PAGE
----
Arts

Little Free Libraries “Revive” Malden’s Neighborhood Libraries

  By Sharon Santillo An international effort that encourages citizens to set up free neighborhood book exchanges has arrived in Malden. Moreover, these “little free libraries” are bringing back a miniature version of the neighborhood libraries that the city lost beginning in the 1980s. Sparked by the non-profit organization, Little Free Library, Malden residents are creating tiny spaces where anyone passing by can take a book to read or leave a book for someone else to find. The first little free library was created by Todd Bol in 2009 to honor his deceased mother who loved to read. He built a one-room schoolhouse model and put it on a post in the front yard of his Wisconsin home and filled it with books. He shared the idea and it spread globally. Now there are over 50,000 little free libraries across the United States and in over 70 countries. Soon you will see these small libraries around Malden. Malden Arts has received a grant from the  Malden Cultural Council to register 10 little free libraries in Malden […]

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Who was Herbert L. Jackson?

Did you know that Malden’s city hall’s council chamber is named the Herbert L. Jackson Council Chambers? And did you know that a switchbox art project on Salem Street has been created to commemorate Herbert L. Jackson? Who was this favorite son of Malden? Herbert L. Jackson was the first African American ever elected to the Malden City Council. Councillor Jackson has the distinction of a 30 year career in public service. He was first elected as a councillor for Ward 7 from 1945 to 1947, and in Ward 5 from 1947 to 1951 and as a City Councillor-at-Large from 1965 to 1975.  He served as president of the Malden City Council four times during his political career. Furthermore, Jackson was the first African American elected as a State House Representative in the 20th century, serving from 1950 to 1954. The City of Malden achieved national prominence in the election of Herbert L. Jackson as a Massachusetts District Governor of Lions Club and again, he was the first African American elected to such a post in the […]

Arts

Malden Sketch Group celebrates 20 years of sketching

When committees make decisions on the dispersal of grant money, there is always the hope that this little bit of money will lead to some greater good for the community. Who could ever have predicted that a little grant given to the Malden Sketch Group 20 years ago would have led to one of the longest lasting drawing groups in the whole Boston area? Nunzio Luca was there at the very beginning. Fred Seager, also one of the founders remembers, “I had a great deal of respect for him and consider him as a mentor. He was a much admired head of the Malden High School Art Department for years, and was a wonderful artist and good friend.” Nunzio and Fred decided to get a life drawing group together and they set out to find a space. “We were fortunate also to have the early support of the Malden Arts Council in the grant process, Niecie Degan and Nana Goldberg were facilitators of the cultural center building, an old fire station on Pearl Street. It […]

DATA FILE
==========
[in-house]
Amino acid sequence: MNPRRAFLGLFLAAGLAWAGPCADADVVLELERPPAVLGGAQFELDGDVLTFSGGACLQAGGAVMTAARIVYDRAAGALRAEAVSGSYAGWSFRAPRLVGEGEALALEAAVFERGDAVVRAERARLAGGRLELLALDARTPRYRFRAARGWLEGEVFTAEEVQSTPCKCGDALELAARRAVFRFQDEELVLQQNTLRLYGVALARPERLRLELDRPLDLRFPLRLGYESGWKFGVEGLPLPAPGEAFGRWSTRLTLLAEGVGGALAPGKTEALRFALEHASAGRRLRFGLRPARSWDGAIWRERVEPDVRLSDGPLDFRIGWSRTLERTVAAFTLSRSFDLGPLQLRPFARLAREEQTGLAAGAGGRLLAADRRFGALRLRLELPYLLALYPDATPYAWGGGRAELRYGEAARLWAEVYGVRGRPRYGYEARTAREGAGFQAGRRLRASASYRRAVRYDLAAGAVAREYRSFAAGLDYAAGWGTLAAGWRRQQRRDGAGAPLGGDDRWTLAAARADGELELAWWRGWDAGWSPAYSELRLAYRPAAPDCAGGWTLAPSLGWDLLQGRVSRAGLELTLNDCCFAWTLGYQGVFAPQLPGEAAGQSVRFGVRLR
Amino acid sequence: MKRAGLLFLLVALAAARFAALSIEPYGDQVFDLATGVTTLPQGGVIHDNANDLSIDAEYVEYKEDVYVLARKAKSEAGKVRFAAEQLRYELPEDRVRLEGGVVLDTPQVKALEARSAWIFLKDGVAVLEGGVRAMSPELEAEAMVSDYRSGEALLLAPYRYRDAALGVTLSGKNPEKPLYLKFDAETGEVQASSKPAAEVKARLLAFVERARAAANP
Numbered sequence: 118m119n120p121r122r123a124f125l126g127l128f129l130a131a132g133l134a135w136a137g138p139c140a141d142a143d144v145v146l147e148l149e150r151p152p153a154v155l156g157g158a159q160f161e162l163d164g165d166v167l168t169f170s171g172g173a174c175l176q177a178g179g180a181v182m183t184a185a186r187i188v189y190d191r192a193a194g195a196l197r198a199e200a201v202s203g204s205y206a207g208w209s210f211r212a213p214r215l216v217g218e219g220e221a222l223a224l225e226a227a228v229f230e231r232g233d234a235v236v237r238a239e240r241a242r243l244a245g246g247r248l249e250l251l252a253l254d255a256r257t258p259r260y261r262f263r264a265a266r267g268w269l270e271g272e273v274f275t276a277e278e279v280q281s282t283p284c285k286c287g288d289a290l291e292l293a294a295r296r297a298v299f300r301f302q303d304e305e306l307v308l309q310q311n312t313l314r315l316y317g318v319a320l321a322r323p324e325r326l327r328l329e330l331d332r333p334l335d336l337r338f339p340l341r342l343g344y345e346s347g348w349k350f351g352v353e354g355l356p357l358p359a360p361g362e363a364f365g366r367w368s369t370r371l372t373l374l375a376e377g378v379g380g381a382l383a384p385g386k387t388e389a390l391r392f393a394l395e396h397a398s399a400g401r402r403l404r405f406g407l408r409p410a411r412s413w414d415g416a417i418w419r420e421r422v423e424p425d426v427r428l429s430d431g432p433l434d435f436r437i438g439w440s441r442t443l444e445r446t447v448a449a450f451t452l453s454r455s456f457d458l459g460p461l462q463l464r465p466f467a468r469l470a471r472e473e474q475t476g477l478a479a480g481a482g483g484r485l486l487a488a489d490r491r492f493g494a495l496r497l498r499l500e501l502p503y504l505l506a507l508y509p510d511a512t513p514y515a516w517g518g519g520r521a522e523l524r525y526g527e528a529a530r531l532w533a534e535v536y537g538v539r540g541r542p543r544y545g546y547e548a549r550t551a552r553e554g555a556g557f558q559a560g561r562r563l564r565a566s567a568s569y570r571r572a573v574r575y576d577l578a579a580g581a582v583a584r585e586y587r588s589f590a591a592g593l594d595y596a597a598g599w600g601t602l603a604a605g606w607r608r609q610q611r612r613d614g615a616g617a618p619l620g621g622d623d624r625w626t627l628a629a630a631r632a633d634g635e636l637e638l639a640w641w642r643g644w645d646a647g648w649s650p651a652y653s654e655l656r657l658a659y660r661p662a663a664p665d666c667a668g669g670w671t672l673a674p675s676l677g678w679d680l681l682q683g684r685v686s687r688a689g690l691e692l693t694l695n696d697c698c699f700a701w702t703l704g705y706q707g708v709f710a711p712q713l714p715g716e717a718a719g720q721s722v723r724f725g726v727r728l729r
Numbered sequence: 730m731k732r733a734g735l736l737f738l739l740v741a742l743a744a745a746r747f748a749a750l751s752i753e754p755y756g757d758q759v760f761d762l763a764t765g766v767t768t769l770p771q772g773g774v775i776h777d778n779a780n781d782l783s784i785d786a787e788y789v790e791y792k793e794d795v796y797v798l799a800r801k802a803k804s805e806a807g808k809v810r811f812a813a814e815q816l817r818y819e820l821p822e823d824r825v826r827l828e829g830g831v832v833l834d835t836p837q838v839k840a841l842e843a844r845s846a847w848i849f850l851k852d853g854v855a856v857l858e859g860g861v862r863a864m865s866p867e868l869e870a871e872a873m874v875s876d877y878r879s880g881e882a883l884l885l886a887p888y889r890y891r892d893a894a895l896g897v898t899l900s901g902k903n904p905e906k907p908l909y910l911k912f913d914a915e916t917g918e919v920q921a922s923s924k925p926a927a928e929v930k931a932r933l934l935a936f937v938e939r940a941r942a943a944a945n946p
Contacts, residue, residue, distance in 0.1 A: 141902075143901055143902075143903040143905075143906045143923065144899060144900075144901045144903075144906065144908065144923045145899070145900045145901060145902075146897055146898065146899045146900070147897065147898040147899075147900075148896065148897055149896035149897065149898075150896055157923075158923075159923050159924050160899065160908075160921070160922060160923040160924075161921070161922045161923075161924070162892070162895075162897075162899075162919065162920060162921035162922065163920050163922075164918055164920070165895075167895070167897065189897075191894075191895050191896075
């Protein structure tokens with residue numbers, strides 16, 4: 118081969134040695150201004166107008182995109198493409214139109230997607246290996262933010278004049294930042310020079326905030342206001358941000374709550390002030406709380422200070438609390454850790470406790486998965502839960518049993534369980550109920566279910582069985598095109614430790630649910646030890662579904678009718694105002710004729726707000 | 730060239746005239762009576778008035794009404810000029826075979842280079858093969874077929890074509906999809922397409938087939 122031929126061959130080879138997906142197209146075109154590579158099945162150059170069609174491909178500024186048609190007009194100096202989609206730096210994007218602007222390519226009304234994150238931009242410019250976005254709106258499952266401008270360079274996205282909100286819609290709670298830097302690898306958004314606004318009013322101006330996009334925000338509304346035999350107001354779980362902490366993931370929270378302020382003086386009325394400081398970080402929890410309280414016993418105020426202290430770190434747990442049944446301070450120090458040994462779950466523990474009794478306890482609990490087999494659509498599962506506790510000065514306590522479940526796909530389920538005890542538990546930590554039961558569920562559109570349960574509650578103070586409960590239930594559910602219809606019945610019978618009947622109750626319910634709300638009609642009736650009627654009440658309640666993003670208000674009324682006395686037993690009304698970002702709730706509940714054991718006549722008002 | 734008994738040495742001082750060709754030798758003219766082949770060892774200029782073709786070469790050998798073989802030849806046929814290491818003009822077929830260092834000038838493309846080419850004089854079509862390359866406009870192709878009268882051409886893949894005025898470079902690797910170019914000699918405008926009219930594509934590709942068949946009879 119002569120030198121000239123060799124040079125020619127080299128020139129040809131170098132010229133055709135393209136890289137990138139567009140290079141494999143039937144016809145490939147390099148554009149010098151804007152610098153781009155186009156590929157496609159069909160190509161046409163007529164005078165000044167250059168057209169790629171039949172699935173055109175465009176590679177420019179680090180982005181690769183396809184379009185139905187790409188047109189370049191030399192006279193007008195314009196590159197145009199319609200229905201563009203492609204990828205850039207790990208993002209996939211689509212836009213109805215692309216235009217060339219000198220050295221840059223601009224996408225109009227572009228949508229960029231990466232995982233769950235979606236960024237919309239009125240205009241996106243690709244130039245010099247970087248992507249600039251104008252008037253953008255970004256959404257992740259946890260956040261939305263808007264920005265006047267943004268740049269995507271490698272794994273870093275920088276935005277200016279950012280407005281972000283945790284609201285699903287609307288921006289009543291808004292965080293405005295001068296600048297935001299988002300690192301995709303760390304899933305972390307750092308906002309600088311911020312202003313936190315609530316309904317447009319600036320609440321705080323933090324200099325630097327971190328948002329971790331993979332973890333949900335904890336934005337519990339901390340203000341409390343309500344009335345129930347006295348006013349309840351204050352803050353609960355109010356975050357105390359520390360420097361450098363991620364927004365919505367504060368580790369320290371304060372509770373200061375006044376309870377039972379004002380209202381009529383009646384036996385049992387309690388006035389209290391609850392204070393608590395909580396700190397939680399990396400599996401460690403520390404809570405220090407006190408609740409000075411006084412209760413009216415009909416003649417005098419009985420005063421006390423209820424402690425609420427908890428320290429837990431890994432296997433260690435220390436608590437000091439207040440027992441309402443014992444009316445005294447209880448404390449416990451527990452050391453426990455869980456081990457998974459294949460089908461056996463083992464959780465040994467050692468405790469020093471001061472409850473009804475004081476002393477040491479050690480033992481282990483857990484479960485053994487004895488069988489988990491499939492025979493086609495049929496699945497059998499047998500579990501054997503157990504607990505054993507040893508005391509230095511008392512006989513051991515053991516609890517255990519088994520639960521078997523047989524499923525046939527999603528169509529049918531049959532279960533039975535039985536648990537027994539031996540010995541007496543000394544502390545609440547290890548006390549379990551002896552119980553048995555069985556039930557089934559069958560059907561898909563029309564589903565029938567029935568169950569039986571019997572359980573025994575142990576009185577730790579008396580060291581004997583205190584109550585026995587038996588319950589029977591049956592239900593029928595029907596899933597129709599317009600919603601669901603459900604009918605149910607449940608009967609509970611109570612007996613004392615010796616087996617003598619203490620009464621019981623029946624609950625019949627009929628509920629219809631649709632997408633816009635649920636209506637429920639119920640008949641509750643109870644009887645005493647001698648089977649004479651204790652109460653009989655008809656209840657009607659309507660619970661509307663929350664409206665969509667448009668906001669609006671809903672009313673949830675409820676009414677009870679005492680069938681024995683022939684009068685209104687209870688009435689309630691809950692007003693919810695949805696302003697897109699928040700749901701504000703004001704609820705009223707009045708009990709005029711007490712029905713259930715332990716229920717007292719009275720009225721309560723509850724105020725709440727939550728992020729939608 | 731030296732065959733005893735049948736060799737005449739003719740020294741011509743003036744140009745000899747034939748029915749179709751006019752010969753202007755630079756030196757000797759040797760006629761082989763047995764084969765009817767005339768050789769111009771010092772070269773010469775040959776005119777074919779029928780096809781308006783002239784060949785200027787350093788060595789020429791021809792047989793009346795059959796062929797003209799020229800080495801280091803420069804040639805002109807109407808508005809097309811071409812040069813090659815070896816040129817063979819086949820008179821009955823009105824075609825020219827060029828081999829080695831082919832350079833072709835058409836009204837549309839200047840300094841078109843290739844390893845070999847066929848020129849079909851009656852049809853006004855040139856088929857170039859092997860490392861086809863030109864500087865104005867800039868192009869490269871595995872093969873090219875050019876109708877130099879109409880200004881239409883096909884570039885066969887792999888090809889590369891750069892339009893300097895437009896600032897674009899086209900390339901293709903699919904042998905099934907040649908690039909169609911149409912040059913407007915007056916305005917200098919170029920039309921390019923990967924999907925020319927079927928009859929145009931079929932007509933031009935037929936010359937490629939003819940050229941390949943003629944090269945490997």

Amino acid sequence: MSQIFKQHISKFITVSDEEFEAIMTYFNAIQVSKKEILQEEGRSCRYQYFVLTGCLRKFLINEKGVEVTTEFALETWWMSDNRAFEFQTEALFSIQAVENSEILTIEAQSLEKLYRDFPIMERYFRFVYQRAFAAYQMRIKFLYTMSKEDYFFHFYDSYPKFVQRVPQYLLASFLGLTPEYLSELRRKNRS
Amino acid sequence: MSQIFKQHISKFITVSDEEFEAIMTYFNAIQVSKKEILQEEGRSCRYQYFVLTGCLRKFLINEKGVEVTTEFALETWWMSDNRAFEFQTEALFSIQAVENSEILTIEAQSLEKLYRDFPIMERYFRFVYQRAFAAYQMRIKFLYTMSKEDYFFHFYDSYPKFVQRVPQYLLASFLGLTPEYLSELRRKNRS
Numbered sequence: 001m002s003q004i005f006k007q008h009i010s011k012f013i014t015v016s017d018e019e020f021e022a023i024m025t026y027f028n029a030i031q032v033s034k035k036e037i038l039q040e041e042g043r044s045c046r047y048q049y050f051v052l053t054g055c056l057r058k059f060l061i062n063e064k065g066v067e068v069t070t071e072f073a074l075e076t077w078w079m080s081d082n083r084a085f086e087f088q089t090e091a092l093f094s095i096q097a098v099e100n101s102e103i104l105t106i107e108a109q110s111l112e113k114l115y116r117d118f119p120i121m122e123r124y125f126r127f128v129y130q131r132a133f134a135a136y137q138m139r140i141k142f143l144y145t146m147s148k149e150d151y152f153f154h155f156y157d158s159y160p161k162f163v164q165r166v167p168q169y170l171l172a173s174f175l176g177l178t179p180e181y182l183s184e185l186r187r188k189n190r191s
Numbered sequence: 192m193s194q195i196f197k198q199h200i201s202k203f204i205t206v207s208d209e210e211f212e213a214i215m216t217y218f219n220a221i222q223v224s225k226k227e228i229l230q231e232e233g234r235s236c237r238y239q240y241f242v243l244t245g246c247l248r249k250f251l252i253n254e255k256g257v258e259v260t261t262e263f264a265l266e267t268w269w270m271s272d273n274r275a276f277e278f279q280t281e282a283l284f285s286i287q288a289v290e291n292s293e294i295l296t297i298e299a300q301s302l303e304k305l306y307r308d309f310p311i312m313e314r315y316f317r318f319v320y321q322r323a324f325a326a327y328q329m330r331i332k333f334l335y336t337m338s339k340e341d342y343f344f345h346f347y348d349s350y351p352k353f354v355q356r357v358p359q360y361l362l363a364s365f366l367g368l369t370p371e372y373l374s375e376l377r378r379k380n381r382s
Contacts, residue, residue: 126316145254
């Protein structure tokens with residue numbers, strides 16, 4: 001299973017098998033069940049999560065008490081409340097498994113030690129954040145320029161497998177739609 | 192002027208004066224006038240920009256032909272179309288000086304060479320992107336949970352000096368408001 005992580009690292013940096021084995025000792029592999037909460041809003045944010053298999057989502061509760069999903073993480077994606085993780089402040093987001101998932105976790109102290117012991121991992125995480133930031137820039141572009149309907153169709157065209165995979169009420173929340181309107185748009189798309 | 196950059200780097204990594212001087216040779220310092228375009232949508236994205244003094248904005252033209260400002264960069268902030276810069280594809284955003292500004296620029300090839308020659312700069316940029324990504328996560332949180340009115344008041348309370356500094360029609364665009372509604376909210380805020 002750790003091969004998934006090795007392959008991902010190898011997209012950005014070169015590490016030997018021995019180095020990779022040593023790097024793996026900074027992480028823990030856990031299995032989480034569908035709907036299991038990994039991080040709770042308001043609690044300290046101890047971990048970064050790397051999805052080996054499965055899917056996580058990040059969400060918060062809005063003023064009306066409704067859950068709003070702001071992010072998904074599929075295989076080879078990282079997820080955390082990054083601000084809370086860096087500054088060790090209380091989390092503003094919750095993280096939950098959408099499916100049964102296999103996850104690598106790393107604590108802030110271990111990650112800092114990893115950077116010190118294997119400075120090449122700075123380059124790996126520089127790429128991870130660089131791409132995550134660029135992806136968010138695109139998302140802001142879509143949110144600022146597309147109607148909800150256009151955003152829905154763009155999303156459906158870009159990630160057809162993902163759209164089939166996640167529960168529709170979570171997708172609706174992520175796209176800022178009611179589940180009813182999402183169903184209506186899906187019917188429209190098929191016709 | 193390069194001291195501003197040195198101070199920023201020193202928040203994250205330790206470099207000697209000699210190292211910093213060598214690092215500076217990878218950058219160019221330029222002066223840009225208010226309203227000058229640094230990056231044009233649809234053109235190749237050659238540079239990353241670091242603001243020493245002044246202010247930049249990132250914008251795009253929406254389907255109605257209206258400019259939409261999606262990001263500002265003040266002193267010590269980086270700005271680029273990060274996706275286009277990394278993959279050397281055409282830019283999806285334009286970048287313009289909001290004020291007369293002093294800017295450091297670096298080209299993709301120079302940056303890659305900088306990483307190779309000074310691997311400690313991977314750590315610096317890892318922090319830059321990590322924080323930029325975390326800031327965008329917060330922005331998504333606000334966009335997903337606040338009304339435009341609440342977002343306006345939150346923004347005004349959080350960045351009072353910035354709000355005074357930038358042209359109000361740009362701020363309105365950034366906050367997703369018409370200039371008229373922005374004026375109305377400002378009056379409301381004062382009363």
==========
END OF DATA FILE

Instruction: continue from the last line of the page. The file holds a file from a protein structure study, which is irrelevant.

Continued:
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Warren Thorburn reflects on his Malden summer job from 1945

This is the time of year teenagers start thinking about summer jobs. What kind of jobs were available to teens in Malden seventy years ago? Warren Thorburn was just fifteen years old in the summer of 1945 when he took a job as a telegram delivery boy for the Malden office of Western Union. WWII in the Pacific was still raging, families were using ration stamps for food items and gasoline and the United States was just recovering from the Great Depression. There was no reliable or affordable long distance phone service then, and the only way to send a message quickly over any distance was by telegram using a system of electrical impulses and Morse Code. A base price of 10 words, and higher prices for additional words, kept most messages short not unlike texts and tweets today. Western Union had ads in all the big magazines of the day, such as Life and Look, urging people to send greetings or money by telegram. Warren lived with his family near Teele Square in Somerville. […]

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Malden’s Suffolk Square is a forgotten Jewish enclave

Have you ever heard the term banker’s hours? This usually refers to being open for the shortest, most inconvenient hours. But back before Suffolk Square in Malden, Massachusetts was leveled for urban renewal, banker’s hours had a whole different meaning. Suffolk Square was a Jewish enclave in Malden, the heart of which was in the vicinity of Cross and Bryant streets and the old Lincoln Junior High School. When Elaine Lubin’s grandparents wanted to buy land in Malden, the large, established banks in Malden Square weren’t where they went for a mortgage. The Jewish bank in Suffolk Square, Progressive Workmen’s Credit Union, saw the potential in this hard-working Polish Catholic couple who had immigrated to Massachusetts from Vilna in what is now Lithuania. They approved of their plan for a small dairy farm in the area of Bowdoin Street and Bent Avenue and gave them a mortgage for the property that they then purchased from Mrs. Bent. When Elaine’s parents needed a car loan for their new blue Plymouth, they also went to Mr. Eiseman at […]